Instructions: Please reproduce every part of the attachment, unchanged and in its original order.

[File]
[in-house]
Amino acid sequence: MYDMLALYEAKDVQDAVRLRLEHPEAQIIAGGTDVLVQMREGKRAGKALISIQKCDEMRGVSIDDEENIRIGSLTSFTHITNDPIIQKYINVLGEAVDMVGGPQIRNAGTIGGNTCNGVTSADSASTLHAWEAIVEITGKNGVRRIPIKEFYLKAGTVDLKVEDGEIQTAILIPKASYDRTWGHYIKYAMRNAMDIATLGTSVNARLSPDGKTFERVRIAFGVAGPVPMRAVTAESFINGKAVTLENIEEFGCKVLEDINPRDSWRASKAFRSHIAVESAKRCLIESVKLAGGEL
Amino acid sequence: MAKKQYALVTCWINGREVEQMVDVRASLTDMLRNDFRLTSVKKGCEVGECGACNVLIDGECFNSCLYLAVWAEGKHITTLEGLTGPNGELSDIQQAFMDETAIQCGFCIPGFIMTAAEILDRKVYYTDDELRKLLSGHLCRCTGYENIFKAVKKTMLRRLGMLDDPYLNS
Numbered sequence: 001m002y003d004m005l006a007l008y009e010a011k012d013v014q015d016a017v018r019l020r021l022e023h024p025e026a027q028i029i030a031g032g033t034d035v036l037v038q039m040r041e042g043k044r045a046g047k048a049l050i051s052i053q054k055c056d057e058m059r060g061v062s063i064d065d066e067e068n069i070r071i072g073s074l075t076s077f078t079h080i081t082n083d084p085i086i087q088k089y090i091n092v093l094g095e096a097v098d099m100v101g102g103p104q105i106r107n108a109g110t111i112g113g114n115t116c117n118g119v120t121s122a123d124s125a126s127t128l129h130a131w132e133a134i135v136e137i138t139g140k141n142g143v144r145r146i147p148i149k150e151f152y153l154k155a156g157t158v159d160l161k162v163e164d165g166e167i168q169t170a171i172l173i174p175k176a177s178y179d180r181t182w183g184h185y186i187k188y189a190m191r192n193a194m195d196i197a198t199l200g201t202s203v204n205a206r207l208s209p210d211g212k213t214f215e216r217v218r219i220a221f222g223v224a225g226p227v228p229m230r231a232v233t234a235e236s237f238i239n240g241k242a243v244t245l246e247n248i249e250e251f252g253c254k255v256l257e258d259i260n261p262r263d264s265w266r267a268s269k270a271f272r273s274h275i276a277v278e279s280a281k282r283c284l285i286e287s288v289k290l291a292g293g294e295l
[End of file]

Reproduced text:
[in-house]
Amino acid sequence: MYDMLALYEAKDVQDAVRLRLEHPEAQIIAGGTDVLVQMREGKRAGKALISIQKCDEMRGVSIDDEENIRIGSLTSFTHITNDPIIQKYINVLGEAVDMVGGPQIRNAGTIGGNTCNGVTSADSASTLHAWEAIVEITGKNGVRRIPIKEFYLKAGTVDLKVEDGEIQTAILIPKASYDRTWGHYIKYAMRNAMDIATLGTSVNARLSPDGKTFERVRIAFGVAGPVPMRAVTAESFINGKAVTLENIEEFGCKVLEDINPRDSWRASKAFRSHIAVESAKRCLIESVKLAGGEL
Amino acid sequence: MAKKQYALVTCWINGREVEQMVDVRASLTDMLRNDFRLTSVKKGCEVGECGACNVLIDGECFNSCLYLAVWAEGKHITTLEGLTGPNGELSDIQQAFMDETAIQCGFCIPGFIMTAAEILDRKVYYTDDELRKLLSGHLCRCTGYENIFKAVKKTMLRRLGMLDDPYLNS
Numbered sequence: 001m002y003d004m005l006a007l008y009e010a011k012d013v014q015d016a017v018r019l020r021l022e023h024p025e026a027q028i029i030a031g032g033t034d035v036l037v038q039m040r041e042g043k044r045a046g047k048a049l050i051s052i053q054k055c056d057e058m059r060g061v062s063i064d065d066e067e068n069i070r071i072g073s074l075t076s077f078t079h080i081t082n083d084p085i086i087q088k089y090i091n092v093l094g095e096a097v098d099m100v101g102g103p104q105i106r107n108a109g110t111i112g113g114n115t116c117n118g119v120t121s122a123d124s125a126s127t128l129h130a131w132e133a134i135v136e137i138t139g140k141n142g143v144r145r146i147p148i149k150e151f152y153l154k155a156g157t158v159d160l161k162v163e164d165g166e167i168q169t170a171i172l173i174p175k176a177s178y179d180r181t182w183g184h185y186i187k188y189a190m191r192n193a194m195d196i197a198t199l200g201t202s203v204n205a206r207l208s209p210d211g212k213t214f215e216r217v218r219i220a221f222g223v224a225g226p227v228p229m230r231a232v233t234a235e236s237f238i239n240g241k242a243v244t245l246e247n248i249e250e251f252g253c254k255v256l257e258d259i260n261p262r263d264s265w266r267a268s269k270a271f272r273s274h275i276a277v278e279s280a281k282r283c284l285i286e287s288v289k290l291a292g293g294e295l